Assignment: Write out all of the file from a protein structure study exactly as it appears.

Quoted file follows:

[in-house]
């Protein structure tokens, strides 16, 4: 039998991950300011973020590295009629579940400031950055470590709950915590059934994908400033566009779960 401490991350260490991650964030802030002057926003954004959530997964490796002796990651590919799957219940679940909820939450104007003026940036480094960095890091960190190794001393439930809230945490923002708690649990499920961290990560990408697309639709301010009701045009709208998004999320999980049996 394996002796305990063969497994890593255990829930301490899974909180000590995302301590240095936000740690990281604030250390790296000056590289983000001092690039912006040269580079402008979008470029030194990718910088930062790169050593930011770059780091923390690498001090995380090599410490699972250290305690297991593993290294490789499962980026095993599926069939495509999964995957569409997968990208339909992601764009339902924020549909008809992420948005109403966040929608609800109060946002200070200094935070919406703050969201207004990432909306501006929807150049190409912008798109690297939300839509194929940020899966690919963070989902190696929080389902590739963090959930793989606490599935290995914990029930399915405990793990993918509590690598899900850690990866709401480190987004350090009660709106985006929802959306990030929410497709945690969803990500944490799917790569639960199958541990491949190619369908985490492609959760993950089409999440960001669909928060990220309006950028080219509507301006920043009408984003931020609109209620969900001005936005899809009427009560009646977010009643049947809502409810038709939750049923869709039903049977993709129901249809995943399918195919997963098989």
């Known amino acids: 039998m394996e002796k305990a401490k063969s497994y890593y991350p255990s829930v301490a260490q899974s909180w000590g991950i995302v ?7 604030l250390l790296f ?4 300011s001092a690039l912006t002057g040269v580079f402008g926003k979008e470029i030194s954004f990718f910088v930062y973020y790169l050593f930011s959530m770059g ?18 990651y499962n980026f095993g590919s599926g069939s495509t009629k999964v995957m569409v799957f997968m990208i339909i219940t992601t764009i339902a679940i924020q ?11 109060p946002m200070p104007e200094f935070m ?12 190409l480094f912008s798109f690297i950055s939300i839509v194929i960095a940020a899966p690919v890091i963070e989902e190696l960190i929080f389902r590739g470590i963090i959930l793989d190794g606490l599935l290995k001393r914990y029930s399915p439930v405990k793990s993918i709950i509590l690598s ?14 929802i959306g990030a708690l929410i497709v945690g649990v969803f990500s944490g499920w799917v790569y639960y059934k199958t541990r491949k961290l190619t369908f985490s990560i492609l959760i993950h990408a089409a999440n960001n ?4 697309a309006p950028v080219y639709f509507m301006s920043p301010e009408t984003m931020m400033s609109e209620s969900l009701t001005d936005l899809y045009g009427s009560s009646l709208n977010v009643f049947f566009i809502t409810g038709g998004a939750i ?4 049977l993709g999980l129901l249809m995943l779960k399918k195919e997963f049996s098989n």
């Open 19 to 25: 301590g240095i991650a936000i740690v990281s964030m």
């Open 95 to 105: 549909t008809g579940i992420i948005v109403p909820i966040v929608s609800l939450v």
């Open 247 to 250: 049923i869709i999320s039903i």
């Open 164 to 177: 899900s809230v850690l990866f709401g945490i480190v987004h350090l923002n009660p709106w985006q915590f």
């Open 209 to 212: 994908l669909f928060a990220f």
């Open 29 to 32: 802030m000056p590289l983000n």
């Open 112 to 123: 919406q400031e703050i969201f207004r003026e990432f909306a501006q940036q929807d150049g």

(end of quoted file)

[in-house]
């Protein structure tokens, strides 16, 4: 039998991950300011973020590295009629579940400031950055470590709950915590059934994908400033566009779960 401490991350260490991650964030802030002057926003954004959530997964490796002796990651590919799957219940679940909820939450104007003026940036480094960095890091960190190794001393439930809230945490923002708690649990499920961290990560990408697309639709301010009701045009709208998004999320999980049996 394996002796305990063969497994890593255990829930301490899974909180000590995302301590240095936000740690990281604030250390790296000056590289983000001092690039912006040269580079402008979008470029030194990718910088930062790169050593930011770059780091923390690498001090995380090599410490699972250290305690297991593993290294490789499962980026095993599926069939495509999964995957569409997968990208339909992601764009339902924020549909008809992420948005109403966040929608609800109060946002200070200094935070919406703050969201207004990432909306501006929807150049190409912008798109690297939300839509194929940020899966690919963070989902190696929080389902590739963090959930793989606490599935290995914990029930399915405990793990993918509590690598899900850690990866709401480190987004350090009660709106985006929802959306990030929410497709945690969803990500944490799917790569639960199958541990491949190619369908985490492609959760993950089409999440960001669909928060990220309006950028080219509507301006920043009408984003931020609109209620969900001005936005899809009427009560009646977010009643049947809502409810038709939750049923869709039903049977993709129901249809995943399918195919997963098989």
């Known amino acids: 039998m394996e002796k305990a401490k063969s497994y890593y991350p255990s829930v301490a260490q899974s909180w000590g991950i995302v ?7 604030l250390l790296f ?4 300011s001092a690039l912006t002057g040269v580079f402008g926003k979008e470029i030194s954004f990718f910088v930062y973020y790169l050593f930011s959530m770059g ?18 990651y499962n980026f095993g590919s599926g069939s495509t009629k999964v995957m569409v799957f997968m990208i339909i219940t992601t764009i339902a679940i924020q ?11 109060p946002m200070p104007e200094f935070m ?12 190409l480094f912008s798109f690297i950055s939300i839509v194929i960095a940020a899966p690919v890091i963070e989902e190696l960190i929080f389902r590739g470590i963090i959930l793989d190794g606490l599935l290995k001393r914990y029930s399915p439930v405990k793990s993918i709950i509590l690598s ?14 929802i959306g990030a708690l929410i497709v945690g649990v969803f990500s944490g499920w799917v790569y639960y059934k199958t541990r491949k961290l190619t369908f985490s990560i492609l959760i993950h990408a089409a999440n960001n ?4 697309a309006p950028v080219y639709f509507m301006s920043p301010e009408t984003m931020m400033s609109e209620s969900l009701t001005d936005l899809y045009g009427s009560s009646l709208n977010v009643f049947f566009i809502t409810g038709g998004a939750i ?4 049977l993709g999980l129901l249809m995943l779960k399918k195919e997963f049996s098989n």
């Open 19 to 25: 301590g240095i991650a936000i740690v990281s964030m």
């Open 95 to 105: 549909t008809g579940i992420i948005v109403p909820i966040v929608s609800l939450v």
């Open 247 to 250: 049923i869709i999320s039903i």
């Open 164 to 177: 899900s809230v850690l990866f709401g945490i480190v987004h350090l923002n009660p709106w985006q915590f």
């Open 209 to 212: 994908l669909f928060a990220f």
């Open 29 to 32: 802030m000056p590289l983000n």
């Open 112 to 123: 919406q400031e703050i969201f207004r003026e990432f909306a501006q940036q929807d150049g």